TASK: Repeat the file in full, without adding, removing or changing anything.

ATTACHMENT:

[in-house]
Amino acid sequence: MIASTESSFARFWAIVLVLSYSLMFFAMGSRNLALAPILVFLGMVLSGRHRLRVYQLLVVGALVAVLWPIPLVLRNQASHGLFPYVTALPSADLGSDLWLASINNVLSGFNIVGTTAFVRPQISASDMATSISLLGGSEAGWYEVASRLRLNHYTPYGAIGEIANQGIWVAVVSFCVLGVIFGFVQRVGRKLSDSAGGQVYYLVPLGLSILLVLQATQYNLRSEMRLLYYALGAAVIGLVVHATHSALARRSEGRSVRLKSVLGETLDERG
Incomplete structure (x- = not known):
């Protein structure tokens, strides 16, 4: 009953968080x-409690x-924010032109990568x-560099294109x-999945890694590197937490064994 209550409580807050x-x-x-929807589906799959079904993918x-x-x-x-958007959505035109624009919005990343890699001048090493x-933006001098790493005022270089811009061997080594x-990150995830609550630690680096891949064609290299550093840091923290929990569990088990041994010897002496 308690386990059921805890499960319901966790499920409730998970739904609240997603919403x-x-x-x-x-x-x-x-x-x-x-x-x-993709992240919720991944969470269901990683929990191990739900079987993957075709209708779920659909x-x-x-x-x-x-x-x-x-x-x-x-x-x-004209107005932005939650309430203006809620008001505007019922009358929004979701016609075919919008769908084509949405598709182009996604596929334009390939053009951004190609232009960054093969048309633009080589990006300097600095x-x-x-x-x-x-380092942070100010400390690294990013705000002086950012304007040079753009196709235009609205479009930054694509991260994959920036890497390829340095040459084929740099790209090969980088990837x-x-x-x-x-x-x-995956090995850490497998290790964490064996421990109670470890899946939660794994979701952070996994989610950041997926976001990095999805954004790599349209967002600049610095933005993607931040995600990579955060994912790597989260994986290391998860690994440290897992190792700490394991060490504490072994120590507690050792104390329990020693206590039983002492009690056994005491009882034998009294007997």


[in-house]
Amino acid sequence: MIASTESSFARFWAIVLVLSYSLMFFAMGSRNLALAPILVFLGMVLSGRHRLRVYQLLVVGALVAVLWPIPLVLRNQASHGLFPYVTALPSADLGSDLWLASINNVLSGFNIVGTTAFVRPQISASDMATSISLLGGSEAGWYEVASRLRLNHYTPYGAIGEIANQGIWVAVVSFCVLGVIFGFVQRVGRKLSDSAGGQVYYLVPLGLSILLVLQATQYNLRSEMRLLYYALGAAVIGLVVHATHSALARRSEGRSVRLKSVLGETLDERG
Incomplete structure (x- = not known):
């Protein structure tokens, strides 16, 4: 009953968080x-409690x-924010032109990568x-560099294109x-999945890694590197937490064994 209550409580807050x-x-x-929807589906799959079904993918x-x-x-x-958007959505035109624009919005990343890699001048090493x-933006001098790493005022270089811009061997080594x-990150995830609550630690680096891949064609290299550093840091923290929990569990088990041994010897002496 308690386990059921805890499960319901966790499920409730998970739904609240997603919403x-x-x-x-x-x-x-x-x-x-x-x-x-993709992240919720991944969470269901990683929990191990739900079987993957075709209708779920659909x-x-x-x-x-x-x-x-x-x-x-x-x-x-004209107005932005939650309430203006809620008001505007019922009358929004979701016609075919919008769908084509949405598709182009996604596929334009390939053009951004190609232009960054093969048309633009080589990006300097600095x-x-x-x-x-x-380092942070100010400390690294990013705000002086950012304007040079753009196709235009609205479009930054694509991260994959920036890497390829340095040459084929740099790209090969980088990837x-x-x-x-x-x-x-995956090995850490497998290790964490064996421990109670470890899946939660794994979701952070996994989610950041997926976001990095999805954004790599349209967002600049610095933005993607931040995600990579955060994912790597989260994986290391998860690994440290897992190792700490394991060490504490072994120590507690050792104390329990020693206590039983002492009690056994005491009882034998009294007997």